When I lead CEO groups or coach executive teams, I usually take a minute to explain the Hierarchy of Help. People can help each other in many ways, but some ways are more helpful than others.

Below are the 7 types of help. The ones at the top of the list are high impact and can be used liberally. The ones at the bottom of the list should be used with some judgement.

Use the hierarchy to improve how you ask for help. You can also use it to hone in on how you can help others.

  1. Validation. Validation simply means giving people the confidence that they are on the right track. A leader might say they are thinking to have 1:1 meetings weekly with their direct reports to improve rapport and communication and ask your opinion. If you agree, then you would just say “sounds like a good plan to me.”
  2. Shared Experience. Shared experience means sharing what you have actually experienced (good or bad) and what your insights were. If a leader asks you about ways to boost sales, you might share what you have actually done in the area of content marketing and how that worked out. Shared experience is not speculative.
  3. Connections. Connections means connecting people with people that may be able to help them. If a CEO seems to need help with their Board, you might suggest a board developer who you know does great work.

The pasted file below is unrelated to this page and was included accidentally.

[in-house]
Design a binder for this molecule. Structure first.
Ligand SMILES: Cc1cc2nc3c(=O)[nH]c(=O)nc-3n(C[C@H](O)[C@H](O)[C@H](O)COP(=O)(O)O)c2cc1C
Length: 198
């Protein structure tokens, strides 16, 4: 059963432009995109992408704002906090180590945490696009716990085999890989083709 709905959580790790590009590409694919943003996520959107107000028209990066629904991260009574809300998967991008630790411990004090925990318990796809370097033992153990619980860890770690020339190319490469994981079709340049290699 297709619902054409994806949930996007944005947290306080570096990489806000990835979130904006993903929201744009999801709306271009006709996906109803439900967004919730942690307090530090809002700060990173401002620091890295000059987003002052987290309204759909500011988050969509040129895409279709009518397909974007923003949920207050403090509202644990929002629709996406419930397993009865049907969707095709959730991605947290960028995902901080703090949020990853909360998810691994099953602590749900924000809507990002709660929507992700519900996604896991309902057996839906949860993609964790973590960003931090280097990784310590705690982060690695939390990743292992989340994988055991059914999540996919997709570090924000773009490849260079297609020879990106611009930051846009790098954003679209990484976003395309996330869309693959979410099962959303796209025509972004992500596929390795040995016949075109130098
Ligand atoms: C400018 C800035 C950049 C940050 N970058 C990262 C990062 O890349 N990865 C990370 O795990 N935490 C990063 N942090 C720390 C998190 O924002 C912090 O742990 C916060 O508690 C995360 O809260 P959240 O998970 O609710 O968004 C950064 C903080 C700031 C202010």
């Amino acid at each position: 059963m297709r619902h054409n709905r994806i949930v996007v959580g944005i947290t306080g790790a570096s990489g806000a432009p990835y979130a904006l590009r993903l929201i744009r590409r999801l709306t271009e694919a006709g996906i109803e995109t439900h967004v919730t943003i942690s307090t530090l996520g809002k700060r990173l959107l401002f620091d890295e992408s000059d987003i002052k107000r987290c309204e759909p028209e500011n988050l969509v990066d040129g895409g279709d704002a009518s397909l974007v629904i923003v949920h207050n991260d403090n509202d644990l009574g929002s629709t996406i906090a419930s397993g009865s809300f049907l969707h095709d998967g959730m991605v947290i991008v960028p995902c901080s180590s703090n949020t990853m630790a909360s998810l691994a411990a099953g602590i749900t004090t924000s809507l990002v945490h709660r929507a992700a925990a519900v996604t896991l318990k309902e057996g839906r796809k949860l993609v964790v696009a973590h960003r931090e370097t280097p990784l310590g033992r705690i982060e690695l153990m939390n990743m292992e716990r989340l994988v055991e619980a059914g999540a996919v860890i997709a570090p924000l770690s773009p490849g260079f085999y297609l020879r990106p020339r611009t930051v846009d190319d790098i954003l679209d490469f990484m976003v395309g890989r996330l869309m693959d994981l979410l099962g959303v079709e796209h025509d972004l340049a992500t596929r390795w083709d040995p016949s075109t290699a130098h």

4. Accountability. Accountability means helping to remind a person about their goals and commitments. This one requires permission, otherwise it can just be perceived as nagging.
  5. Brainstorming. Brainstorming means working together to come up with options to improve something. Again, this works very well if permission had been given and if it is made clear that they person being helped needs to take responsibility for what they will (or won’t) do with those options.
  6. Suggestions. Suggestions are advice that someone take specific action. They differ from shared experience in that the person offering them may not have direct experience about whether the suggestion will work or not. A suggestion might just be an insight like “maybe consider making a mastermind group with other service providers like you who operate in your space to share ideas.” Because these suggestions are untested, they should be used sparingly.
  7. Empathy. Empathy means showing concern and care for the person and the issue they are dealing with. As a way of help, empathy should be used sparingly, meaning for not very long. The risk is that empathy can soon turn into commiseration. When the person is ready to move forward (and that totally depends on them, like a past client who was devastated to learn they had been embezzled by their bookkeeper who was also a long-time friend of the family) then you can offer to help in other ways that will improve their condition.

Everyone wants to be helpful. Use discernment about how you help. The help you give will be more beneficial, received better, and take less time to give.